Is Madison Police Chief Noble Wray the man for the 21st-century job of urban policing?
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And still the sense that something was deeply wrong was palpable over the summer, and the city’s livability seemed to be gasping for air in some downtown back alley. Few people seemed to have much doubt about where we were headed.
“Crime has undoubtedly not only increased in proportion to population,” says Mike Scott, director of the UW Law School’s Center for Problem-Oriented Policing, “but it’s a higher level of violent crime.”
Ex-mayor Paul Soglin sees another trend contributing to the rising violence, especially around State Street. “What has happened is that Madison,” he says, “like a lot of other mid- to small-sized cities, has seen in-migration of families trying to escape the poverty and crime of the larger cities. It started in the early 1980s. And those families were followed by the various people they tried to escape. They’re followed by the drug dealers, the extortionists, the pimps. And that has had a profound impact on residential areas and State Street.”
Wray acknowledges that Madison is changing, but he sees that change through a different lens. “What I think is happening in Madison is this,” he says. “I think people are seeing more crime. It’s more visible. It’s more dispersed. It’s more out there. But in the 1980s and the early 1990s, most of that was taking place in just a few neighborhoods. Allied Drive. Broadway-Simpson. Vera Court. I can name them all. What has changed is that the pockets of poverty are more dispersed through the city, and crimes are taking place where they didn’t before. So I won’t say to people that it’s not getting worse, because that’s what people are seeing. But the data doesn’t necessarily say it’s getting worse.”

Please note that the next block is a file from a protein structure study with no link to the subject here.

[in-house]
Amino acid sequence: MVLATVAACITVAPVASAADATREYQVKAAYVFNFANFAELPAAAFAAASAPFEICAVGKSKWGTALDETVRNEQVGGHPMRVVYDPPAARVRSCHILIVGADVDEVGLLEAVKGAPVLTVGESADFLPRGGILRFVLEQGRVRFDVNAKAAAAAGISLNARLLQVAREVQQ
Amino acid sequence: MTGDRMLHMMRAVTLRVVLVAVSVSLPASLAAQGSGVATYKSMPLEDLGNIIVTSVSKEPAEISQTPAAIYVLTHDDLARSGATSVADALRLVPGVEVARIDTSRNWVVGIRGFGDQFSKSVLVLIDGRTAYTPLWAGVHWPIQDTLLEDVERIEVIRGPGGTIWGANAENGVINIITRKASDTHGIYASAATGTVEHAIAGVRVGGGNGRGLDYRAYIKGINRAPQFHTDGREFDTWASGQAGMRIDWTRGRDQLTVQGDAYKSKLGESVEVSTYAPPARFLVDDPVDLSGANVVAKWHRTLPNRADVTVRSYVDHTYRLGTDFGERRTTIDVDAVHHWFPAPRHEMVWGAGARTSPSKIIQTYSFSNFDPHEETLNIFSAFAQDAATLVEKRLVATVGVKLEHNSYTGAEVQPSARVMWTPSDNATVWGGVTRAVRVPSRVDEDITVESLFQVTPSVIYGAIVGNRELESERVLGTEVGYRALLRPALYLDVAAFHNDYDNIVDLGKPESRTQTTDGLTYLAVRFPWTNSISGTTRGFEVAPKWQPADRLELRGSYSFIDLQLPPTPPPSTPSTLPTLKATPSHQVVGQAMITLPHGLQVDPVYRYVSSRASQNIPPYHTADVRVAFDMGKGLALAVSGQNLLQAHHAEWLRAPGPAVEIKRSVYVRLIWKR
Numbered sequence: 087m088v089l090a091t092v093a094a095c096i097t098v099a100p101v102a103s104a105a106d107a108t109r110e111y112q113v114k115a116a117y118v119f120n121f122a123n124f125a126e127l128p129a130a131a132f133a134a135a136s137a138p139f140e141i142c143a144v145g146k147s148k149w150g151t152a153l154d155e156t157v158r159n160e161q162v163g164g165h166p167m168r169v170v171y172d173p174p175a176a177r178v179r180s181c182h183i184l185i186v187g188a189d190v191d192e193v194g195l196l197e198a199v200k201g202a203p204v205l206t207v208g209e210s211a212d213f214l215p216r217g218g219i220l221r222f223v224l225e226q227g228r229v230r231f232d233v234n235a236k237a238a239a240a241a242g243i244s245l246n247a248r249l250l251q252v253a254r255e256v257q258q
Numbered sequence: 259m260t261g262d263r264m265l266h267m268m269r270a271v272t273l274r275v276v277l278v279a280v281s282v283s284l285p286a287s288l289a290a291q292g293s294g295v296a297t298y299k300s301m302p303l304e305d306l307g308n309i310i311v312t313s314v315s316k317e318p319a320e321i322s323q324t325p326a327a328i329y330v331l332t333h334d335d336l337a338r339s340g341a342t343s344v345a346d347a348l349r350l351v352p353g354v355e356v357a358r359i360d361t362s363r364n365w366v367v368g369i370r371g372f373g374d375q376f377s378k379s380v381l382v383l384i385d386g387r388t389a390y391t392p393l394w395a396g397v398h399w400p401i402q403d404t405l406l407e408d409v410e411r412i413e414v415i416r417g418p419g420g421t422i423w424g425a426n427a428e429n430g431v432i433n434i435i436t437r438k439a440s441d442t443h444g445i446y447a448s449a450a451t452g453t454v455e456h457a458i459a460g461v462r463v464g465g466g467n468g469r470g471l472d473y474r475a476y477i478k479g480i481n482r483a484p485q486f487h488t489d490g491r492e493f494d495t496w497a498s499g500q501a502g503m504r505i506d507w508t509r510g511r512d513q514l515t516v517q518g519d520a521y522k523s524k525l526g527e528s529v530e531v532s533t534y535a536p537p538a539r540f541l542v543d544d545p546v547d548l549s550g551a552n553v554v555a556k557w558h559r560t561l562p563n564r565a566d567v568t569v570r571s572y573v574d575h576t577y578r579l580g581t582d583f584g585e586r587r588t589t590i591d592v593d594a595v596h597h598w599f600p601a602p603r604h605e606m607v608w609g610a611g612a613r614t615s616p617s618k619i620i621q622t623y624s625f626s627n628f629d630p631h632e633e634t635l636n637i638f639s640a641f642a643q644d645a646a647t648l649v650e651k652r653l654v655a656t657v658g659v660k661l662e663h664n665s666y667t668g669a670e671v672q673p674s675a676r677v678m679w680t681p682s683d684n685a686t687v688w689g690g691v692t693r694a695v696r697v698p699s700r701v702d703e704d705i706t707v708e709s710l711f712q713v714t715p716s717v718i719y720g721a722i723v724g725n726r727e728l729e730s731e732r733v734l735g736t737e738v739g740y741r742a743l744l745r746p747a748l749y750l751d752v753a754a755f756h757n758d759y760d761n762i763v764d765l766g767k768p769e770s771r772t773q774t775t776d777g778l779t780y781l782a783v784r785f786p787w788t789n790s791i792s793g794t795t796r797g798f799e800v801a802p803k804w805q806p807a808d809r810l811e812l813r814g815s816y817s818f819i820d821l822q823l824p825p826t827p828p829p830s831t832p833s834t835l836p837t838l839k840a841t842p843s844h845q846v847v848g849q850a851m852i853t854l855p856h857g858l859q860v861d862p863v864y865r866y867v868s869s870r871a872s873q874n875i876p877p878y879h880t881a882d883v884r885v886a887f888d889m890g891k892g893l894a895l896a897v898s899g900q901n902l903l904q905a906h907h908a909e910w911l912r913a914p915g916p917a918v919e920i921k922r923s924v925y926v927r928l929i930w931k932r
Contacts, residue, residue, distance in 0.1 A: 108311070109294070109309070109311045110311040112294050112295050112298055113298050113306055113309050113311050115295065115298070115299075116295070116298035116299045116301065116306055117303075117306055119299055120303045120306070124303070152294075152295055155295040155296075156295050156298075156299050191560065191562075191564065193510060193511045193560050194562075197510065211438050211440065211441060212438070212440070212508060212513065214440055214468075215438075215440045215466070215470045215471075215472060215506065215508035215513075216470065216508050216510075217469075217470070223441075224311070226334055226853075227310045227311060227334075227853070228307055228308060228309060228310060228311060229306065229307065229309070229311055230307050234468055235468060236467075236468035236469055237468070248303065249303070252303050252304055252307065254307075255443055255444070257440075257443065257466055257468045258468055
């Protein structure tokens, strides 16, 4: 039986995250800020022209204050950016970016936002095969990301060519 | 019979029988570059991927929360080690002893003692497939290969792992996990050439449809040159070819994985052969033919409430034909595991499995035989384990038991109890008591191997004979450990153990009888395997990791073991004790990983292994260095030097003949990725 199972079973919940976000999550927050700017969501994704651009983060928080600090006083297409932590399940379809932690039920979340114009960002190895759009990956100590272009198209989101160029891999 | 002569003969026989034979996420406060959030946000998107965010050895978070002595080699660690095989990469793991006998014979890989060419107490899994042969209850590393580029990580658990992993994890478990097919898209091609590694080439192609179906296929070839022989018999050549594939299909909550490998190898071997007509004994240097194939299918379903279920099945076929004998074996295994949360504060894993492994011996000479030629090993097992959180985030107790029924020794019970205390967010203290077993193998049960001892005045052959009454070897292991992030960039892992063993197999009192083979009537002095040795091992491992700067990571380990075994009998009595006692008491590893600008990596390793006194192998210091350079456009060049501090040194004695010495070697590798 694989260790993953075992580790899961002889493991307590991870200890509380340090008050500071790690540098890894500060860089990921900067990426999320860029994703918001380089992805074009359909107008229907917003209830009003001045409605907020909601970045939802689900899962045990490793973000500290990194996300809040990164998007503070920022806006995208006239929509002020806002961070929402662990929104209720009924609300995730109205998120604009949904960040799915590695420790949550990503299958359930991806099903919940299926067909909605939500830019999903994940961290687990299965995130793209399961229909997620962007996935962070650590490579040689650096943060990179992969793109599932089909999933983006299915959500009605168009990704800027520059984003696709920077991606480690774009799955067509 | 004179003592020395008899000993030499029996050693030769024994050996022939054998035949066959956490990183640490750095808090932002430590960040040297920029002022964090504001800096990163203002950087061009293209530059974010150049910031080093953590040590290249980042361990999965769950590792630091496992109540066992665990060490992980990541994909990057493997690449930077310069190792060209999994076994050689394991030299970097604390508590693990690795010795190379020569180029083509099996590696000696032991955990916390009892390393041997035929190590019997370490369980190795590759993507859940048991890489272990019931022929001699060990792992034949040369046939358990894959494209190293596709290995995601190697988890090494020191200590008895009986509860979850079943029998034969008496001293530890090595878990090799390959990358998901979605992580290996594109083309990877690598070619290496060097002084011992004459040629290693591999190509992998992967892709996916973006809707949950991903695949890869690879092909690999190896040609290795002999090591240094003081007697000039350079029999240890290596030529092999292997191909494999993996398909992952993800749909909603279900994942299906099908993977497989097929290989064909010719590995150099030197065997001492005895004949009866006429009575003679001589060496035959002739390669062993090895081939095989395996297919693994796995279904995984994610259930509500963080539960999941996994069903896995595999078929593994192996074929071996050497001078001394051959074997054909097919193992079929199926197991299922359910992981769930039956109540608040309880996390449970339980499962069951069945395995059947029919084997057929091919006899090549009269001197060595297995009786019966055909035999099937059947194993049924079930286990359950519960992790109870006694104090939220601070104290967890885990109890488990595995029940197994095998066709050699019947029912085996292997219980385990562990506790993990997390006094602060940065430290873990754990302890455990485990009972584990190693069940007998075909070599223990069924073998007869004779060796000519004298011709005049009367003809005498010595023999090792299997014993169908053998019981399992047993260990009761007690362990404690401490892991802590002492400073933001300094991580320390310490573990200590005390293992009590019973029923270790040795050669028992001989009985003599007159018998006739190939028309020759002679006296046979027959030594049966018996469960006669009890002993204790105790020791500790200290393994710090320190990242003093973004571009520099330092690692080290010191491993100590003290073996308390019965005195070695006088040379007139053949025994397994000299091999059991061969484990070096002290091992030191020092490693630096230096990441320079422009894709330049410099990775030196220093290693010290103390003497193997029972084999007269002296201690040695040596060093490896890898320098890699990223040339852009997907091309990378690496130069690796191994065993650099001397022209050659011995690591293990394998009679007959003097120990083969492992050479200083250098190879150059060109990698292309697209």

Such, at any rate, is the macro, data-driven analysis of the state of crime in Madison, as seen by Noble Wray. It may be the reality, but it also may be that Wray is so focused on the wide angle that he forgets what it looks like through the small one, where we can’t see the details of the Kelly Nolan investigation, where we don’t know all the circumstances around the murder of Brittany Zimmermann, and where State Street has started to seem like some distopian Clockwork Orange nightmare.
“There are definitely places people are starting to think aren’t as safe,” says Lueders. “Like downtown at bar time. You wouldn’t catch me down on State Street at bar time if you paid me.”
Despite what you read in the papers, Noble Wray has had some major successes. But they are not sexy ones. They are huge, complicated, multifaceted successes that deal with identifiable problems like the rising tide of crime in downtown and Allied Drive and the perennial Halloween rampage.
“A big part of this [problem-oriented] approach,” says Scott, “is putting a lot more effort than police have traditionally done into trying to understand why crimes occur in the first place, then taking very specific steps to prevent that. It’s a perpetually more complex undertaking than it has been in the past.”